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Annihilation and energy occurance

  1. Sep 19, 2010 #1
    Can someone be precise and tell how much energy is released when annihilation occurs....let's say proton-antiproton(i.e in MeV),also is there some missing energy in it that is not detected(i.e difference between predicted and observed results in energy generation)
     
  2. jcsd
  3. Sep 19, 2010 #2

    mathman

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    In general, annihilation ends up with two photons, each with the energy equivalent to the mass (E=mc2) of one of the particles involved.
     
  4. Sep 19, 2010 #3

    Drakkith

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    I believe the total amount of energy released would be equal to the sum of the two particle masses/energy. An at rest proton and anti-proton would release 2 x 0.938 GeV/c2 in energy in the form of new particles. (Since 0.938 GeV/c2 is the rest mass of a proton.)

    If you add energy into the particles before they annihilate, such as by accelerating them, they will release more energy.
     
  5. Sep 20, 2010 #4

    why??
     
  6. Sep 20, 2010 #5

    Dale

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    Because the system has more energy and energy is conserved.
     
  7. Sep 20, 2010 #6
    Yeah but can someone give numbers?(i.e in MeV how much more is detected)
     
  8. Sep 20, 2010 #7

    Dale

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    Only if you give numbers for how much more energy is added in KE. The detected energy is equal to the sum of the mass energy plus the added KE.
     
  9. Sep 20, 2010 #8
    Two or three, depending on the spins of the original particles. See http://en.wikipedia.org/wiki/Positronium#States".
     
    Last edited by a moderator: Apr 25, 2017
  10. Sep 20, 2010 #9

    Drakkith

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    What is KE exacly?
     
  11. Sep 20, 2010 #10

    Dale

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    Kinetic energy.
     
  12. Sep 20, 2010 #11

    Drakkith

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    Of course! It all seems so simple now!!
     
  13. Sep 23, 2010 #12
    Ok Ok...but can anyone tell the quantity of energy we get during annihilation is "HOW MANY TIMES" that of fusion?
     
  14. Sep 23, 2010 #13

    Dale

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    You really will need to be more specific than that. There are a lot of different fusion reactions, each one with a different yield.

    For the proton-proton chain which dominates the fusion in our sun converts about 0.7% of the mass into energy. So proton-antiproton annihilation releases about 143 times more energy.

    http://en.wikipedia.org/wiki/Proton-proton_chain
     
    Last edited: Sep 23, 2010
  15. Sep 23, 2010 #14

    K^2

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    The number of photons can vary, with low numbers being more likely, and will depend on net angular momentum. If particle-anti-particle pair has angular momentum of 1, for example, at least 3 photons have to be emitted. (Odd number, 1 being forbidden.) Though, for most (all?) particles, the probability of the pair emitting a single photon first, and decaying to a 0 orbital momentum state before annihilation is greater.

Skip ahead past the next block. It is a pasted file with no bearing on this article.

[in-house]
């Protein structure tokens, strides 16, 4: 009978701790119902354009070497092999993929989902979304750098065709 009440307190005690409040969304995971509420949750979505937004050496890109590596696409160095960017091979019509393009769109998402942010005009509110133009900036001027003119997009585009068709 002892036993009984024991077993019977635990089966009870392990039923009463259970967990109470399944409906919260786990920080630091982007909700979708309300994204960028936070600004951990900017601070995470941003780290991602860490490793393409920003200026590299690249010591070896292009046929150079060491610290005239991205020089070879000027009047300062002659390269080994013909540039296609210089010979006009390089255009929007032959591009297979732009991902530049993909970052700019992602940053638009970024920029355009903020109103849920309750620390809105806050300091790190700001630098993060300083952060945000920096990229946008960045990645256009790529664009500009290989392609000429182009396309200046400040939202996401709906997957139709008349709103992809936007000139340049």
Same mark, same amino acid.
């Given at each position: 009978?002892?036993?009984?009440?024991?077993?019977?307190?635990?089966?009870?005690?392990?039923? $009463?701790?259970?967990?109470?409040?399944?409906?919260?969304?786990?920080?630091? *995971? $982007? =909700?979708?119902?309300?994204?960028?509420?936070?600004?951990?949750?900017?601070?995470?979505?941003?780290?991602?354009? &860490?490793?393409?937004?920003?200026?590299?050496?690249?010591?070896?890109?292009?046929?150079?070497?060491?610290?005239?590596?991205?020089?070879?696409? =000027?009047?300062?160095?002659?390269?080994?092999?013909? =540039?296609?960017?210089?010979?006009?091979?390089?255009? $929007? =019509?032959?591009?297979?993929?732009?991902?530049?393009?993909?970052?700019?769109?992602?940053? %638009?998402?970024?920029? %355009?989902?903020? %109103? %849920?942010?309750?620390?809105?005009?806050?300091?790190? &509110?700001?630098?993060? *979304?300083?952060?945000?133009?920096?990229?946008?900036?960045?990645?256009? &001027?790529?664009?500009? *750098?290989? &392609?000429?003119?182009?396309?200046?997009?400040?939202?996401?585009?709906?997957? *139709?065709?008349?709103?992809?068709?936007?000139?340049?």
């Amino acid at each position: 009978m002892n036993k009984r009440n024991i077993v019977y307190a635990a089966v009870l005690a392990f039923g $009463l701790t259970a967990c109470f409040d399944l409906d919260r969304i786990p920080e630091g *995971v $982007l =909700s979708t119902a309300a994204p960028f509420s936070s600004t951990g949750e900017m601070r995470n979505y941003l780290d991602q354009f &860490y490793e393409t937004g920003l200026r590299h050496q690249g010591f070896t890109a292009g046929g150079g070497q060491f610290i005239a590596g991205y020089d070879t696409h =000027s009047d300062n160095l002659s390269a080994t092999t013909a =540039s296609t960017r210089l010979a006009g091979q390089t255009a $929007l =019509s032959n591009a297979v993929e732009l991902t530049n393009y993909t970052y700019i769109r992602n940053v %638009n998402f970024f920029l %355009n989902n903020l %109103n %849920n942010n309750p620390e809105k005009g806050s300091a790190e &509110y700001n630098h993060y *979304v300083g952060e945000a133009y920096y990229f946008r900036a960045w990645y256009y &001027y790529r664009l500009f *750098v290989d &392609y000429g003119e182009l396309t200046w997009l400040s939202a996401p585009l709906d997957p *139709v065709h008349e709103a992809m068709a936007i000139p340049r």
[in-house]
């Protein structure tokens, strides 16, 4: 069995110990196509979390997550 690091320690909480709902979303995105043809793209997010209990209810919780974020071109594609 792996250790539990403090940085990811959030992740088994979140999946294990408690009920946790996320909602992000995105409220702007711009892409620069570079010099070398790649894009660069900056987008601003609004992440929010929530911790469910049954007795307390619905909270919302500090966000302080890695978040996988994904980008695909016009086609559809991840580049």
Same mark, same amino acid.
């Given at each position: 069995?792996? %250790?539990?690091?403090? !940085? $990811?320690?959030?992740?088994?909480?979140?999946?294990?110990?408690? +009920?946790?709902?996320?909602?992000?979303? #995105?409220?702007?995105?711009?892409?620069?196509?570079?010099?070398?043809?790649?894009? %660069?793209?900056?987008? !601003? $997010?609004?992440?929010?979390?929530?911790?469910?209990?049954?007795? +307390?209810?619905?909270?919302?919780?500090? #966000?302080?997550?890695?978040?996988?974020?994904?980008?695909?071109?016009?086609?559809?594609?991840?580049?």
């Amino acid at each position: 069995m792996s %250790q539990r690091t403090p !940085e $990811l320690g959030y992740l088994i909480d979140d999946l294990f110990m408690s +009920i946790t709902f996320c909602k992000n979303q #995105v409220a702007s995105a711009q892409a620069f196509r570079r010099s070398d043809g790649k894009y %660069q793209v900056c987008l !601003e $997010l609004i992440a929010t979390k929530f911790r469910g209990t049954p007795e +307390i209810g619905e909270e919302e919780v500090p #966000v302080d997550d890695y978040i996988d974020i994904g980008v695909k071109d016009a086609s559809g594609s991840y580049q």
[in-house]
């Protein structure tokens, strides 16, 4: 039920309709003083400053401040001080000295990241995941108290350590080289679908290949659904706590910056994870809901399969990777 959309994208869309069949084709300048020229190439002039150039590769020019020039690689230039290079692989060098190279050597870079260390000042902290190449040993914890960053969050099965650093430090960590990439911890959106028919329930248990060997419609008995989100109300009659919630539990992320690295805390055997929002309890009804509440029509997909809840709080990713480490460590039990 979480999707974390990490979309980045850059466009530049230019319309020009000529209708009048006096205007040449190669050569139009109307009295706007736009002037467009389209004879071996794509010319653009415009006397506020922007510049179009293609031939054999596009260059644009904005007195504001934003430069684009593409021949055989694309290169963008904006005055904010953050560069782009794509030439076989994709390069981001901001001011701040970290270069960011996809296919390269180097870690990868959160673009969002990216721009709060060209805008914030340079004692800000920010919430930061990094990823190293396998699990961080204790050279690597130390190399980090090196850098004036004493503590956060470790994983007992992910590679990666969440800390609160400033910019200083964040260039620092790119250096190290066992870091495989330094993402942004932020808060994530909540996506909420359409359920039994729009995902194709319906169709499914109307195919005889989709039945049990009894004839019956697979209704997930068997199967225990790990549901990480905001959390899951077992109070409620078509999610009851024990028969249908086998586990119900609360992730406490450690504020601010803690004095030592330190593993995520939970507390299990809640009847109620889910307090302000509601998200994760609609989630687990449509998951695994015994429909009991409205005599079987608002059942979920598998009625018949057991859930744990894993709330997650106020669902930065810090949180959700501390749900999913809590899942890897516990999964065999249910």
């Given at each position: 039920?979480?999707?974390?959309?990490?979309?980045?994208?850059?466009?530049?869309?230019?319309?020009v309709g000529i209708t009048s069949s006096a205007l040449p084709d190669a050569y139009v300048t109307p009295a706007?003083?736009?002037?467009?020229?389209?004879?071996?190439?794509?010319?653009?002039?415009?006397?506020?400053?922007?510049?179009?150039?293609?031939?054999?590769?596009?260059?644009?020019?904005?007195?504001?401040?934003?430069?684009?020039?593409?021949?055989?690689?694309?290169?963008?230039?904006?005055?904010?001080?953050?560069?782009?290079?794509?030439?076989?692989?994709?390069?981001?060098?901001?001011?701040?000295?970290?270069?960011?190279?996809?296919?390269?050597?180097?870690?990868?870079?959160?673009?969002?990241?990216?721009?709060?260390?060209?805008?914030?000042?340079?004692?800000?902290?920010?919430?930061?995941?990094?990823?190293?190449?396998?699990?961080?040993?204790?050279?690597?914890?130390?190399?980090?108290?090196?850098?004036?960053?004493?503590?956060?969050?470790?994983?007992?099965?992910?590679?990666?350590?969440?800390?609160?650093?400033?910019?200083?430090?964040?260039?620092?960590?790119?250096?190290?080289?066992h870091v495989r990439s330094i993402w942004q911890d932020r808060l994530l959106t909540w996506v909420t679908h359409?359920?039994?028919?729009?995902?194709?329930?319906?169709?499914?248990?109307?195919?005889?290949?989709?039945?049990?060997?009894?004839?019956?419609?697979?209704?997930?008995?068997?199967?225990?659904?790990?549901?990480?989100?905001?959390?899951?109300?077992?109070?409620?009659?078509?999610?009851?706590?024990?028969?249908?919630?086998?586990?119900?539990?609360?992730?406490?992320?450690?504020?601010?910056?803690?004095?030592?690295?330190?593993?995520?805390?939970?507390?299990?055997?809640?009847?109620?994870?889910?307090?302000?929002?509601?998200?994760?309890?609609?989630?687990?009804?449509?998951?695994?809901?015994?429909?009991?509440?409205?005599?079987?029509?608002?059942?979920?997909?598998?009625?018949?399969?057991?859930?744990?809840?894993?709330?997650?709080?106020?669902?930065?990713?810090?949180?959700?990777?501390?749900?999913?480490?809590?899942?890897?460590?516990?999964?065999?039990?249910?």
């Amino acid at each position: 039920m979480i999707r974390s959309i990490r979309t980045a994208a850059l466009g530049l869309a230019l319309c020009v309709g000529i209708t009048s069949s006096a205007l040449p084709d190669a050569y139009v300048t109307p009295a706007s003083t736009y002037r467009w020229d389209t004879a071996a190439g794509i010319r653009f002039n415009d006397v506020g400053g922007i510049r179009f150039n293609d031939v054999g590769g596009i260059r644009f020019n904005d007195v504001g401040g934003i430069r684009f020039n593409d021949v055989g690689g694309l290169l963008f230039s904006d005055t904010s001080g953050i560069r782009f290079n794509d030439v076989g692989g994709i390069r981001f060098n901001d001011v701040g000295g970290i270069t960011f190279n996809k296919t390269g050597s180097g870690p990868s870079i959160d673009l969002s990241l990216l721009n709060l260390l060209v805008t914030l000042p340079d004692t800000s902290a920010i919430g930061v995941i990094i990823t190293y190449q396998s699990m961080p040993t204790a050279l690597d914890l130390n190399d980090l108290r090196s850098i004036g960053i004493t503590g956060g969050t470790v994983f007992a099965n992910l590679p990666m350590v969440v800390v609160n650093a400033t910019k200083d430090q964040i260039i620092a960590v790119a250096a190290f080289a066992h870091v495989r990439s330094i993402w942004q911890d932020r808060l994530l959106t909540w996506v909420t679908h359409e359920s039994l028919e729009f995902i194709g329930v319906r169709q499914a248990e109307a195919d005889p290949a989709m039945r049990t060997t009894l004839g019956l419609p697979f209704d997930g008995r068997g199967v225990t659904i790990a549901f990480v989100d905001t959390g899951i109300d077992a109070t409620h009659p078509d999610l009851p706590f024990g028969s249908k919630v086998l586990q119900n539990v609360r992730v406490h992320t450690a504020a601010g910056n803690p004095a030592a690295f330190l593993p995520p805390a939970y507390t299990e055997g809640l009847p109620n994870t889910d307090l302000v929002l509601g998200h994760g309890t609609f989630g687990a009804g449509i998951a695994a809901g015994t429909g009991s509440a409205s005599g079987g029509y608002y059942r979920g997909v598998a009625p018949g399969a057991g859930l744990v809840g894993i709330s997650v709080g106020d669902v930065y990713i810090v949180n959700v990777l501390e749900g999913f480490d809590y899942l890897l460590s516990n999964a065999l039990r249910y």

16. Sep 24, 2010 #15
    Thanks for the numbers...but at the start of this thread I was looking for numbers in "Mega Electron Volts" and a comparison then,
     
  17. Sep 24, 2010 #16

    Dale

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    Drakkith gave you the numbers in post #3.
     
  18. Sep 24, 2010 #17
    the answer your demanding is dependent on the input variables, like anything else. KE is just one of the input, more would include the angle of interaction if it took place in a 3D model.
     
  19. Sep 24, 2010 #18
    Few more questions,

    1) What is the comparison of strong force to electromagnetism in a particle (let's say in proton), i.e how much is the strong force present as compared to em force (let's hypothetically assume releasing strong force creates 100 MeV energy, how much energy will be created releasing em force)?
     
  20. Sep 25, 2010 #19

    Dale

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    The electromagnetic force is what holds together molecules, so "releasing em force" is a chemical reaction. There are many different chemical reactions, you need to specify which chemical reaction you are interested in and any relevant conditions.

    The strong force is what holds together nuclei, so "releasing strong force" is a nuclear reaction. There are many different nuclear reactions, you need to specify which nuclear reaction you are interested in and any relevant conditions.
     
  21. Sep 25, 2010 #20

    Drakkith

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    Fusion of Tritium and Deuterium releases about 17.6 MeV in energy, thanks to the strong nuclear force. This is thousands of times more energy than one reaction between oxygen and gasoline in an engine.
     
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